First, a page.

Component testing examines use cases, so it could be considered a form of end-to-end (E2E) testing. End-to-end testing and component testing replicate real-life scenarios and test the system against those scenarios from a user’s perspective.

Implementing component testing is beneficial because it can reveal bugs and errors that users might encounter. It is always better to catch and fix these errors before users know about them.

There are two types of component testing: component testing in small and component testing in large.

Component testing in small

With component testing in small, the components that are being tested are still segregated from other components in the system. You should still make use of mock-ups and test endpoints to simulate the components that connect with the one that is being tested. This form of testing ensures the component is ready to be integrated with the rest of the system.

Component testing in large

Component testing in large is done without segregation, meaning the tested component will have access to external components. With component testing in large, it is still only the main component that is being tested, not the connected components or how the components interact with each other. That would be integration testing.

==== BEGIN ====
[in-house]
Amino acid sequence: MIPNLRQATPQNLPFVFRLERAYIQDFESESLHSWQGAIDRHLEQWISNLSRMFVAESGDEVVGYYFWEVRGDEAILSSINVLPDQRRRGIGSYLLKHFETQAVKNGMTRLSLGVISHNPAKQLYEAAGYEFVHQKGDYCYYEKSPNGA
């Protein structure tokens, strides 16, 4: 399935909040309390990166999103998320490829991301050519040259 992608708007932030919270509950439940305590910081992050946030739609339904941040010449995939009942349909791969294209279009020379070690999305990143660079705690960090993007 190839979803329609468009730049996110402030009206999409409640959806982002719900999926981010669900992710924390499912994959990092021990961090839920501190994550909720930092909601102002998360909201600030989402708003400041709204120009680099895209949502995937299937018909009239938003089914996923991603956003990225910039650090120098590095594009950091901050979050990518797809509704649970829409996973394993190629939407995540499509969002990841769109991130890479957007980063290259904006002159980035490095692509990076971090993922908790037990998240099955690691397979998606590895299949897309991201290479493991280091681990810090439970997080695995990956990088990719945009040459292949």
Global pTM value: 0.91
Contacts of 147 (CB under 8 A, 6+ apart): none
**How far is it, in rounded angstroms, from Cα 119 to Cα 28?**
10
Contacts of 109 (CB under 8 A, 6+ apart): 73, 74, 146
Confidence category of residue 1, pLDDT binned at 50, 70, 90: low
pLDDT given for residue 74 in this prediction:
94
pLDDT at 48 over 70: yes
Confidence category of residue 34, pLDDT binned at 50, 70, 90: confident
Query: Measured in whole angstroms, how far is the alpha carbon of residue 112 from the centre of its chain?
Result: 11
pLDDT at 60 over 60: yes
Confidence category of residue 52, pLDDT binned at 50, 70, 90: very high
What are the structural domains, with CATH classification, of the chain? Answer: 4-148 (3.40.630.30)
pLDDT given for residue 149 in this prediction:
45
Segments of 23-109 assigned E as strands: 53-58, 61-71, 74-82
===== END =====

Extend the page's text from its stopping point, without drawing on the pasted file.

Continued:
Component testing vs unit testing: which should you use?

Unit tests are usually set up according to the design specification, while component tests are made up of use cases.

First, the developer creates unit tests based on the design specifications for each unit of code. You want to make sure that each component part is acting as it should. Component testing uses real-life scenarios during testing, which provides you with a good indication of how the software will perform once it is released.

Unit testing and component testing are unique testing methodologies and actually work best together. The developer runs the unit tests while developing. After the entire component has been completed, the test engineers or QA team conduct the component tests.

Unit testing and component testing use cases

Some cases are more suited toward unit testing or component testing — they are not synonymous.

Unit tests work best for the inner workings of a system, like manipulating data between the system and a database or mapping data to be used in an API call. Component testing works best where use cases can be fleshed out and tested, like a page on a website or app.

Another place where component testing is critical is when a component is reliant on several smaller components or features. Each small feature can be unit tested, but the whole component must be tested when all parts are in operation.